The move comes after an FBI agent who had worked with Special Counsel Robert Mueller's team was removed from the investigation this past summer for exchanging texts that could be viewed as anti-Trump.

It also comes amid a Fox report that a Department of Justice official allegedly met with individuals behind the infamous Trump dossier who were working with a firm that employed his wife.

"The Department of Justice and FBI cannot ignore the multiple problems that have been created by these obvious conflicts of interests. These new revelations require the appointment of a Special Counsel to investigate,” Jay Sekulow a member of the president’s legal team told ABC News.

Sekulow was referring to both the FBI and DOJ cases, although in the latter, it was unclear if there was any connection to the Mueller investigation.

Though the move could be seen as an attack on Mueller, the president’s attorneys have stressed they have no issues with the former FBI director, who is a Republican and was appointed to his current post by a nominee of Trump's.

In the FBI case, a counterintelligence agent, Peter Strzok, was removed from the Russia probe after the discovery of text messages sent by the agent that were viewed as potentially anti-Trump. Peter Carr, a spokesman for Mueller, has said Strzok was removed from the team "immediately upon learning of the allegations."

Trump seized on the news, saying in a tweet that the FBI’s “reputation is in tatters.”

During a recent Congressional hearing with FBI Director Chris Wray, House Republicans used Strzok’s situation to question the integrity of federal investigations, including the probe being led by Mueller.

Strzok has spent much of his law enforcement career working counterintelligence cases, and he has been widely praised by federal law enforcement officials who spoke with ABC News. He reportedly left Mueller’s team in late July and is now working for the FBI's human resources division.

The FBI has declined to comment on Strzok.

In the second case, Fox reported that the wife of a DOJ official, Bruce Ohr, worked for the firm behind the infamous anti-Trump dossier, Fusion GPS.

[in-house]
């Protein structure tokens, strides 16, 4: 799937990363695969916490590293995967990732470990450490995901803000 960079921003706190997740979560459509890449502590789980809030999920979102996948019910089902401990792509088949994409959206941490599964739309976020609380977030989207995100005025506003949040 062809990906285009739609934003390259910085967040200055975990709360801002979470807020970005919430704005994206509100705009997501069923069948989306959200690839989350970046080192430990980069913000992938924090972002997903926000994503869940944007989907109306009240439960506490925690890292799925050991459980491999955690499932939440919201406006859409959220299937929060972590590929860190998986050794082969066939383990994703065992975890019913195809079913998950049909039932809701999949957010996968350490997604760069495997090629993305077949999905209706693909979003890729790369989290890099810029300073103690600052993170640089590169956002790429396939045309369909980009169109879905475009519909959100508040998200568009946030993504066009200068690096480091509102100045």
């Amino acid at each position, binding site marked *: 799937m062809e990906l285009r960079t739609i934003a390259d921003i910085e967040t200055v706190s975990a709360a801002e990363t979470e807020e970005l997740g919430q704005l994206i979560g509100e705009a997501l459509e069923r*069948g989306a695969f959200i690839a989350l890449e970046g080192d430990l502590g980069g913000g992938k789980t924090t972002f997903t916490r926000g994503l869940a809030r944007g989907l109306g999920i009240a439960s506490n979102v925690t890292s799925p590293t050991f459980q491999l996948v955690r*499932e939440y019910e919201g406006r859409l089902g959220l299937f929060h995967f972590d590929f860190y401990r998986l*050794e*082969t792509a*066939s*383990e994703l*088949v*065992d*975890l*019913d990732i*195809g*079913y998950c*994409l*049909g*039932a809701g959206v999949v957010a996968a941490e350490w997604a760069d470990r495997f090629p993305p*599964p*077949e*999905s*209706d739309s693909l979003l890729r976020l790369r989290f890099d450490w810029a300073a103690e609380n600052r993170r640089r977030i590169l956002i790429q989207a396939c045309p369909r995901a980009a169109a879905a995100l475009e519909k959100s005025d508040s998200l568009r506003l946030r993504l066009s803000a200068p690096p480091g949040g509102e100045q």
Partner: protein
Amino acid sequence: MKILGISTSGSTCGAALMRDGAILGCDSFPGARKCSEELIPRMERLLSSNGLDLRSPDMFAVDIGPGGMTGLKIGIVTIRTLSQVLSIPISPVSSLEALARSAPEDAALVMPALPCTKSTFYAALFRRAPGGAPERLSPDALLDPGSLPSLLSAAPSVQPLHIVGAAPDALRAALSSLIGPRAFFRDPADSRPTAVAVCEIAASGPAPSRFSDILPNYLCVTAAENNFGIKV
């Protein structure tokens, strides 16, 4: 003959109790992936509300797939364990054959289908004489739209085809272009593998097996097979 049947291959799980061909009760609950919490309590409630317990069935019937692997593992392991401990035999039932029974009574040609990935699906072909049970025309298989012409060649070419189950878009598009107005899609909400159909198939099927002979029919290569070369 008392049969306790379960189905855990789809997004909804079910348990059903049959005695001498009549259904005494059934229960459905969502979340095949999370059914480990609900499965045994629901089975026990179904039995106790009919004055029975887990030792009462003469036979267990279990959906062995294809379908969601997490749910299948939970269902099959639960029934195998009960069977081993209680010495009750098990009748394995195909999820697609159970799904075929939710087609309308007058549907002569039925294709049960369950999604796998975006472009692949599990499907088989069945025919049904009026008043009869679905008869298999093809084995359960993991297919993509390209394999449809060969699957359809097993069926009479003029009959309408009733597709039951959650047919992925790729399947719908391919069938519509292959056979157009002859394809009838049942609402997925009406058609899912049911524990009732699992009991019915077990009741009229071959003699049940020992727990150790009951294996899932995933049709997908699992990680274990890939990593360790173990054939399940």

According to the report, Ohr met last year with the author of the dossier. The alleged meeting occurred several months before Mueller was appointed special counsel, and it is unclear if Ohr has any connections to the Mueller-led investigation.

Asked why Ohr was meeting with representatives from Fusion, a DOJ official told ABC News “he’s known these guys for a very long time,” but didn’t specify what the meeting was about. Ohr has been removed from his post in the deputy attorney general's office, but still remains in the Department of Justice. He has been cleared to testify as requested, per the DOJ.

Sessions told Fox News Tuesday he has “put a Senior Attorney, with the resources he may need, to review cases in our office and make a recommendation to me, if things aren’t being pursued that need to be pursued, if cases may need more resources to complete in a proper manner, and to recommend to me if the standards for a special counsel are met, and the recommended one should be established.”

The call though for a second special counsel is not entirely new.

Last month, the Justice Department disclosed that Sessions had ordered department attorneys to review other matters related to last year's election and determine whether they should be further investigated, either by the FBI or a special counsel.

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Trump attacks Gillibrand after call for his resignation, suggests she'd 'do anything' for campaign contributions

iStock/Thinkstock(WASHINGTON) -- President Donald Trump is attacking Senator Kirsten Gillibrand in retaliation for suggesting he resign in the face of sexual harassment allegations made by multiple women.

Over a dozen women have accused Trump of sexual harassment and assault in the years before he was president. Trump has denied the allegations.

Trump called the Democratic senator from New York a "lightweight,” a "total flunky" for Senate Minority Leader Chuck Schumer, D-N.Y., and suggested she would “do anything” for campaign contributions.

"Lightweight Senator Kirsten Gillibrand, a total flunky for Chuck Schumer and someone who would come to my office “begging” for campaign contributions not so long ago (and would do anything for them), is now in the ring fighting against Trump. Very disloyal to Bill & Crooked-USED!" Trump tweeted.

Gillibrand called Trump's tweet a "sexist smear" and said thoroughly investigating the allegations against him is "the right thing to do."

"It was a sexist smear attempting to silence my voice and I will not be silenced on this issue and neither will the women who stood up to the president yesterday," Gillibrand said on Capitol Hill today.

ABC News reached out to the White House for clarification about the president's remarks but had not received a response at the time of publication.

Gillibrand also responded to the president's tweet with her own this morning.

"You cannot silence me or the millions of women who have gotten off the sidelines to speak out about the unfitness and shame you have brought to the Oval Office," Gillibrand wrote on Twitter.

Gillibrand is one of six senators - five Democrats and one independent - who have called for the president's resignation yesterday and today.

"President Trump has committed assault, according to these women, and those are very credible allegations of misconduct and criminal activity, and he should be fully investigated and he should resign," Gillibrand said in an interview with CNN Monday.